A few departments have already been active, like general logistics to guarantee shipments to countries where commerce is starting to recover, as in China. Online operations and e-commerce have never stopped working, thank goodness. From April 27, creative departments have also been activated—prototypes and product development, as well as the design studio. We’ve all been working remotely, experiencing, I must say, interesting and effective relationships with technology. From now, we expect the workforce to be much more present on-site in our facilities, giving production a much needed push. The engine has to be restarted; it was time. We are extremely well prepared regarding security measures to safeguard the health of our people; we are even more strict and vigilant than what the government’s official guidelines recommend. We’ll alternate working shifts, we have masks and gloves at the ready for everyone, and safe distances will be strictly respected. Safeguarding health is paramount. Thermal scanners will take everyone’s temperature at the beginning of every shift; the entire work space will be scrupulously sanitized with biodegradable products. We’ve been lucky so far—none of our 7,000 employees has tested positive for the virus.
Entrepreneurs are called today more than ever to a role of social responsibility. How are your responding to this call?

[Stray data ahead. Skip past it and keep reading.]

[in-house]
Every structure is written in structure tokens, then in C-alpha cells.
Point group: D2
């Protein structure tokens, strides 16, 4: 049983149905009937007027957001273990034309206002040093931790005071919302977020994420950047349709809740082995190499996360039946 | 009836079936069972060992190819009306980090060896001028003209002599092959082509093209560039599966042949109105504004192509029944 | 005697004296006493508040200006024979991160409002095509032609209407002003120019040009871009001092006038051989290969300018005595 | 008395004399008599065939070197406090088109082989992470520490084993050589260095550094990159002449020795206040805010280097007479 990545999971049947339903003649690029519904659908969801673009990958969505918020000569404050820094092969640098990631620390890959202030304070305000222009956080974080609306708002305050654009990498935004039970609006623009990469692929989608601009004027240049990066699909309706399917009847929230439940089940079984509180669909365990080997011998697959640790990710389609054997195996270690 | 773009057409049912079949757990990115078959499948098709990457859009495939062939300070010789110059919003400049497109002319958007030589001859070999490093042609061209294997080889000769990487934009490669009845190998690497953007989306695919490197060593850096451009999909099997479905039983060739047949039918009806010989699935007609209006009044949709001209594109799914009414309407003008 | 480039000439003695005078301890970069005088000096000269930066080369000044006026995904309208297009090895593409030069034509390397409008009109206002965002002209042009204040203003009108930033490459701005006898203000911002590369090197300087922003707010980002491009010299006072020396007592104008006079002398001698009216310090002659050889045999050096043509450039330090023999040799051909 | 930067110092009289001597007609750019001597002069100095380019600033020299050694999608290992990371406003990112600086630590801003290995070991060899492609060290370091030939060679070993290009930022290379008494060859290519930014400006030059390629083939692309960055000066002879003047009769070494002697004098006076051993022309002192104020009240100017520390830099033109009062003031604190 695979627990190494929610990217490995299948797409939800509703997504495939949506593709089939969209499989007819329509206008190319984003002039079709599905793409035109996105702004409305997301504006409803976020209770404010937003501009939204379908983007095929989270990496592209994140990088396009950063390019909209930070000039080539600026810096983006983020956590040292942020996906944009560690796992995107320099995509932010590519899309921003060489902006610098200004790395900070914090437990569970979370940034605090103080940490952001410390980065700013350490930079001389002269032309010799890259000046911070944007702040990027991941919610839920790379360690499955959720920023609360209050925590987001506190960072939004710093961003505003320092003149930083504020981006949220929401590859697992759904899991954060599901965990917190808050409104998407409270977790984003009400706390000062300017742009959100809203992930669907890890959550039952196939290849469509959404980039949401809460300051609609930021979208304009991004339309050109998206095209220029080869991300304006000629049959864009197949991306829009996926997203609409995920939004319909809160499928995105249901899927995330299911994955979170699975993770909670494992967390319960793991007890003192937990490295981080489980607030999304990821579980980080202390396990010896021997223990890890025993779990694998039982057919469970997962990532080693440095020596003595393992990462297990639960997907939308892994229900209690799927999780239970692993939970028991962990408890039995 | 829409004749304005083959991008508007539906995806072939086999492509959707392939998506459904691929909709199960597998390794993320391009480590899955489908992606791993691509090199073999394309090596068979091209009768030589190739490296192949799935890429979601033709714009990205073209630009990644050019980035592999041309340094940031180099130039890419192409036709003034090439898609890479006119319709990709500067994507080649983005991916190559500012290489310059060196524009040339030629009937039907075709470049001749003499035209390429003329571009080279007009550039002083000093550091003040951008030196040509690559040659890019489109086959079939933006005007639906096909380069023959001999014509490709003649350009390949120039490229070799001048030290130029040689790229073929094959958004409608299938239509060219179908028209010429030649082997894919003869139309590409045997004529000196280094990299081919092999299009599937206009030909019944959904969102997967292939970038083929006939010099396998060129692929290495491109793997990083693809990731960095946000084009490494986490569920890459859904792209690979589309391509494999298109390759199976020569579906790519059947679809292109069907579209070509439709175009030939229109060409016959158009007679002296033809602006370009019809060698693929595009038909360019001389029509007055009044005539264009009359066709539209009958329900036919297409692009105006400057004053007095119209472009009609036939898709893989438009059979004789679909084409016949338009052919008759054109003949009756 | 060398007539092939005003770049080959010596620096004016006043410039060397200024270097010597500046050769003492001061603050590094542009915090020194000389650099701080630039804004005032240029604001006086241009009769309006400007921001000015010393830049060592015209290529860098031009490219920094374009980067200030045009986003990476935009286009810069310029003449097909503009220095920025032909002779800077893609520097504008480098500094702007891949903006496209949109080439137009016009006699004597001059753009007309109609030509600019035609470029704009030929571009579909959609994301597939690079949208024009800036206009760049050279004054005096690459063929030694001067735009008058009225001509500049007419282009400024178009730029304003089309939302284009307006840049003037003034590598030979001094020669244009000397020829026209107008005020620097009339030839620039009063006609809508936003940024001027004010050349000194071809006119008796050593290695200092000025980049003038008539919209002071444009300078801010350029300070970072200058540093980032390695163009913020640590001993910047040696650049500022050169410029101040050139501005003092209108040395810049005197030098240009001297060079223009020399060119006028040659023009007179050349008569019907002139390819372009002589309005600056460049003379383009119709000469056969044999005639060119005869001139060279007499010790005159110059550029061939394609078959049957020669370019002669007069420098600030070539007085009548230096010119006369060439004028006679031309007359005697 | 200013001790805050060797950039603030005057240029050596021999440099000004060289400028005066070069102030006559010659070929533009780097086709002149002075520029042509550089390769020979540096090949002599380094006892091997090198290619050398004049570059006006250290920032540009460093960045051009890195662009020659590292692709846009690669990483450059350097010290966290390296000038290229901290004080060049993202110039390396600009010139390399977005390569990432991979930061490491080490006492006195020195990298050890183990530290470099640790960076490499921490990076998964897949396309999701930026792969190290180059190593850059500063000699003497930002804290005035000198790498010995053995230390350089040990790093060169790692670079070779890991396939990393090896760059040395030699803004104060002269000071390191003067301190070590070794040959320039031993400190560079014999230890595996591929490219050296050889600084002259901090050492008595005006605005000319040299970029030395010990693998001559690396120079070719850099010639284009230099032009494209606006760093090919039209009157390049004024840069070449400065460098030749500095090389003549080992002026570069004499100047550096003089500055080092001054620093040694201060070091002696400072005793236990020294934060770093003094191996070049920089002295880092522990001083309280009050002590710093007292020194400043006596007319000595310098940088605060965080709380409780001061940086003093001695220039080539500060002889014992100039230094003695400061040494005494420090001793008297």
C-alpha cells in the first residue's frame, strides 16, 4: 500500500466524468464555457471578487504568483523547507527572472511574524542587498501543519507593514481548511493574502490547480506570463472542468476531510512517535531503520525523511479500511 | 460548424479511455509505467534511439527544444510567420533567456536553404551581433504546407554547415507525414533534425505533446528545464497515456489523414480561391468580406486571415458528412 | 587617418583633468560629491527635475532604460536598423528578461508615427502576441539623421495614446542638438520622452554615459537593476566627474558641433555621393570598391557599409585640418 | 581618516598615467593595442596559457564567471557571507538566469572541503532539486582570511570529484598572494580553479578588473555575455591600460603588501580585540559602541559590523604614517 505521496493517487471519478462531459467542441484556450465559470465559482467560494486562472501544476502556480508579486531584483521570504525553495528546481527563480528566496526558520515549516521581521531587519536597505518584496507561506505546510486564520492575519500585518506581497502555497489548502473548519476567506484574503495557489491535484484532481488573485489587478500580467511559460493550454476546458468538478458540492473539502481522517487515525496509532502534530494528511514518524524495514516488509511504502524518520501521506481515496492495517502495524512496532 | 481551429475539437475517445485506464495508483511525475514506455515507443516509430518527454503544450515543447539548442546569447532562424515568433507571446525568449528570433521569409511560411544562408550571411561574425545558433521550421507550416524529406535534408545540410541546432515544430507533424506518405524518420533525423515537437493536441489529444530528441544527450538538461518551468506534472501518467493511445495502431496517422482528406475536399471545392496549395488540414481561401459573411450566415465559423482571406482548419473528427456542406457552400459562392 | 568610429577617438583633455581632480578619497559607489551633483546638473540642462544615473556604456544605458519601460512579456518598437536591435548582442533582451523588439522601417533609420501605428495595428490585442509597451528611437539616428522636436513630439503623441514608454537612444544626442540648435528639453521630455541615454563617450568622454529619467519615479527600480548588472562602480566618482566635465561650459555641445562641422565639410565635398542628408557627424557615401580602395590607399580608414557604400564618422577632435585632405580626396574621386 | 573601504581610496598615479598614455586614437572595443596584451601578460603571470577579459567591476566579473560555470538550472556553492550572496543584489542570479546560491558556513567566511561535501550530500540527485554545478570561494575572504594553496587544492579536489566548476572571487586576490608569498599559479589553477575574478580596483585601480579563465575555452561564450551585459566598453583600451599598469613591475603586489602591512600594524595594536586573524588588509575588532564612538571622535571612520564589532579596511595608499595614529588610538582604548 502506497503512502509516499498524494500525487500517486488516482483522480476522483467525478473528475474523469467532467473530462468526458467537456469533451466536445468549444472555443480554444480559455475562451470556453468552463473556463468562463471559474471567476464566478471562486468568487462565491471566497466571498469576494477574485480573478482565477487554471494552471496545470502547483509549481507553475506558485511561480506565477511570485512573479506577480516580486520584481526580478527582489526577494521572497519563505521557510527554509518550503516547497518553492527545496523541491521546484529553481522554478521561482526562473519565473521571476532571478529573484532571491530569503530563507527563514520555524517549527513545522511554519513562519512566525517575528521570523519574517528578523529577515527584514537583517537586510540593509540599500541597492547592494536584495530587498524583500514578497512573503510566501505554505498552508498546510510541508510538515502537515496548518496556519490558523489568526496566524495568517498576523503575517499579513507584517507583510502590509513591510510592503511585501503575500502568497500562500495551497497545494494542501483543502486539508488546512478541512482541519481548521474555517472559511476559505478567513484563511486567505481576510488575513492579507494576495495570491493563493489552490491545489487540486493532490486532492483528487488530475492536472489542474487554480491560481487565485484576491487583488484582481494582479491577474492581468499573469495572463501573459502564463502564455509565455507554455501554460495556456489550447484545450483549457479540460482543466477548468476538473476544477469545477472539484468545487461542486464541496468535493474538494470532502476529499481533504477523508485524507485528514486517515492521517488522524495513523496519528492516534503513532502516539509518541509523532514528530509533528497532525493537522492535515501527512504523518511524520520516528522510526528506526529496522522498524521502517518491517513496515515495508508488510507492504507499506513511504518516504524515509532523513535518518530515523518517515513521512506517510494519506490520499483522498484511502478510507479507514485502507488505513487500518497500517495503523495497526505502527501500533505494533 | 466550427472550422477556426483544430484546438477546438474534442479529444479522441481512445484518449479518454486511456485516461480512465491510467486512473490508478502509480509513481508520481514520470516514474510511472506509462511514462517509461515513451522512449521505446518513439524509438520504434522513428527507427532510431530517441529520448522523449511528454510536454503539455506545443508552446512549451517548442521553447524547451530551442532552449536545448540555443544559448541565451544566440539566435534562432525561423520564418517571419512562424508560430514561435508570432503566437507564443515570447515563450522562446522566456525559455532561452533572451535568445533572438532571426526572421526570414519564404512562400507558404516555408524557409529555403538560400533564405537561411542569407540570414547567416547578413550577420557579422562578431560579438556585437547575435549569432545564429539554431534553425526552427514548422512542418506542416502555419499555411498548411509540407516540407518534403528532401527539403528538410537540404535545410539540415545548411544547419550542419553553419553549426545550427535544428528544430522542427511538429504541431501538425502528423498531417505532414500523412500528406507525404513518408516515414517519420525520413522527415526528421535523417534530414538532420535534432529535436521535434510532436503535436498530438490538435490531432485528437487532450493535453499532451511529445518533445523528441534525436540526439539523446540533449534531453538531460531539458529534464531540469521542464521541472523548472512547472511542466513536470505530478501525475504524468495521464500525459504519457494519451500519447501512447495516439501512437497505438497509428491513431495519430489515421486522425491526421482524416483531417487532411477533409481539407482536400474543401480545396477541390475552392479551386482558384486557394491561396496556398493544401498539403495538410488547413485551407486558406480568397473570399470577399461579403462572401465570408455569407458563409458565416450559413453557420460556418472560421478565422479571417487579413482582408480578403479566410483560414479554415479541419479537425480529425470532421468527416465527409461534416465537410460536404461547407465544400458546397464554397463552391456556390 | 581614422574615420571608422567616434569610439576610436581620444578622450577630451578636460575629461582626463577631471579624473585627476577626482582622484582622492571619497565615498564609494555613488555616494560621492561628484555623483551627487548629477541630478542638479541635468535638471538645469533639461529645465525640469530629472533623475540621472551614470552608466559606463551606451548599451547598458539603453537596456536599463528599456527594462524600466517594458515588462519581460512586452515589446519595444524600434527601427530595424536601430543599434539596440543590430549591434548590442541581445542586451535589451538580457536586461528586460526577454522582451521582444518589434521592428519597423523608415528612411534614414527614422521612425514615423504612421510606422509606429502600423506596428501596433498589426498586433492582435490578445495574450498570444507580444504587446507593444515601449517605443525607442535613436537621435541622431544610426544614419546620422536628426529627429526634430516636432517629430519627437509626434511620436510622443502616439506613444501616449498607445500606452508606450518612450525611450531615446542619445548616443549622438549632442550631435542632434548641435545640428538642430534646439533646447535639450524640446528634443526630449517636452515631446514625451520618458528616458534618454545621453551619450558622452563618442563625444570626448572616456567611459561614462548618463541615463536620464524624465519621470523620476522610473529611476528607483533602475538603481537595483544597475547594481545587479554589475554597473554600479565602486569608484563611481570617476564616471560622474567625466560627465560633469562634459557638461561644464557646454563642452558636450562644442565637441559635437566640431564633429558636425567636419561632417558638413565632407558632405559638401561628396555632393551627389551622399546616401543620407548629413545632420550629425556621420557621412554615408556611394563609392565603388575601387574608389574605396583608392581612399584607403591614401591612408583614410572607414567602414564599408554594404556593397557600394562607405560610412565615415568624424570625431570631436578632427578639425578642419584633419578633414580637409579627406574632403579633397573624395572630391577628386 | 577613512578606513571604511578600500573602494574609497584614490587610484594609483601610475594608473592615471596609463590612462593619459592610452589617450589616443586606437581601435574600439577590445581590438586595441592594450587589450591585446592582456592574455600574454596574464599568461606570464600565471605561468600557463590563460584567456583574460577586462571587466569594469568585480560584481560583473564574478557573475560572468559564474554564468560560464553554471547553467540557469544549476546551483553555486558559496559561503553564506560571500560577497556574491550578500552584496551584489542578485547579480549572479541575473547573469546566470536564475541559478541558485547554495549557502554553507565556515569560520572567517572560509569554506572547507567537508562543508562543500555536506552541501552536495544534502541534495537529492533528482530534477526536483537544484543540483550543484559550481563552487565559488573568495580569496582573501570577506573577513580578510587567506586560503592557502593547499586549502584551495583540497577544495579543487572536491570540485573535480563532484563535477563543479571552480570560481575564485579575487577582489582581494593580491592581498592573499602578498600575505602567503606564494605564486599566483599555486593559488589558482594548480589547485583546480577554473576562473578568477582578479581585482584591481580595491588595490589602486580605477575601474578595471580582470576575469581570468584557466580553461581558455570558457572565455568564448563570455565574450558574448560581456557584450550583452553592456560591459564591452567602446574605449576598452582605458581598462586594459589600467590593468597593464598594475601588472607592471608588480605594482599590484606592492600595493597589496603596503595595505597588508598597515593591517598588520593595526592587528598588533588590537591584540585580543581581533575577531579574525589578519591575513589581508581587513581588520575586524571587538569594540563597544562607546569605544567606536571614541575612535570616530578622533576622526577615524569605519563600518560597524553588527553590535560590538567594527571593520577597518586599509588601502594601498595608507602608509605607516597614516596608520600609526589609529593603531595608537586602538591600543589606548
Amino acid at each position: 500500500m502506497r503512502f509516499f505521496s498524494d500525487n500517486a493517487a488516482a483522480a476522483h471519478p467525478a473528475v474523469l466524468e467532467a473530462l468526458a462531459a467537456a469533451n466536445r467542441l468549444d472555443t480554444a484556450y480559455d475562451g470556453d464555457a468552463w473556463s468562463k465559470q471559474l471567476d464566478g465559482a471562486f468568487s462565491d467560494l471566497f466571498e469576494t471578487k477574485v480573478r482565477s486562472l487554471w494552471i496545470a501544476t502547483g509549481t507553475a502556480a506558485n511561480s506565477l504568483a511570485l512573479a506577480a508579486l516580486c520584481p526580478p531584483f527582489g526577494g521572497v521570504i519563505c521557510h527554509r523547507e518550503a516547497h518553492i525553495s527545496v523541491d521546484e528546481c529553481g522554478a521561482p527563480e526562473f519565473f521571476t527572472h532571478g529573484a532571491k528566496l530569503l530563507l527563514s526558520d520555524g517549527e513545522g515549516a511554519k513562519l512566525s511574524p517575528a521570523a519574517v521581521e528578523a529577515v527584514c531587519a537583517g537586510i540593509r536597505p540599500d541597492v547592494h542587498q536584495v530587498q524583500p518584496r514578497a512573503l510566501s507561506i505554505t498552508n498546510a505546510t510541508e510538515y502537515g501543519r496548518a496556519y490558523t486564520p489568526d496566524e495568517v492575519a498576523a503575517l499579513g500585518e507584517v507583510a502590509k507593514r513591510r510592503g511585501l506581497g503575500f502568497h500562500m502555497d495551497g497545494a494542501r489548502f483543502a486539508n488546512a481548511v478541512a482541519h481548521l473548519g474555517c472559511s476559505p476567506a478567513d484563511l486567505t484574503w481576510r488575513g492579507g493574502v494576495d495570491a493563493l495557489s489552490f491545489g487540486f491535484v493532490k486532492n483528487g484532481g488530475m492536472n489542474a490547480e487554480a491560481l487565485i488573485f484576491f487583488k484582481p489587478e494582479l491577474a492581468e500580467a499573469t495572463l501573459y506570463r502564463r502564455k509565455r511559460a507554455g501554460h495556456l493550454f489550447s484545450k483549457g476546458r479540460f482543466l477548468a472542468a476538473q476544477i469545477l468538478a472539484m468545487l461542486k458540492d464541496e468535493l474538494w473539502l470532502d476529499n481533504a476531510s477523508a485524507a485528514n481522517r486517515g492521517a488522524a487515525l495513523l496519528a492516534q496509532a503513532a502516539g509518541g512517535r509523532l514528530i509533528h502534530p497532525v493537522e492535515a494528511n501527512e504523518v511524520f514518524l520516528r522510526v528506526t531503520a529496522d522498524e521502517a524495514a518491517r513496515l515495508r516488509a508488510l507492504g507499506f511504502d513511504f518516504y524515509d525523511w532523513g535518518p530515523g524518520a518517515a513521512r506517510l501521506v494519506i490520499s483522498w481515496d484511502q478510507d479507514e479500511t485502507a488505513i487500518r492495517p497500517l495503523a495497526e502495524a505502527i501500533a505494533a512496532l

At the beginning of the lockdown, I sent all my employees a personal letter, asking them to take advantage of the time spent at home to think and to suggest new ways of making our company a better place in the future, focusing on what needs to be improved or changed. I’m receiving lots of wonderful ideas, which I’ll try to translate into action. I think an attitude of generosity is of the essence in this moment; as an entrepreneur you have the duty and the opportunity to share [the] knowledge and means and to effectively engage for the common good. One thing I’m particularly concerned about is the survival of Italy’s small factories, a galaxy of family-run businesses, highly skilled artisans, microenterprises, and ateliers. If the government won’t urgently provide substantial, long-term economic support, they’re seriously at risk of disappearing. I feel the duty to bring their problems to the fore and to call for an effective, substantial intervention in their favor. If this won’t happen, our Made in Italy, on whose know-how the entire international luxury production chain depends, will be damaged forever—the pandemic has hit this fragile, precious ecosystem incredibly hard. All its technical creativity and genius must be protected; it’s a heritage of true cultural relevance, where human skills and values are organically connected with cutting-edge technology. Technology alone will never become a substitute for craftsmanship; the human touch cannot be replicated, because it embeds centuries of knowledge, creative practices and genius loci, in that all these small factories are imbued of the unique spirit and the local character of the places to which they belong. The strength of our Made in Italy is that it’s been able to build a global presence while remaining exquisitely local. We have to protect it whatever it takes.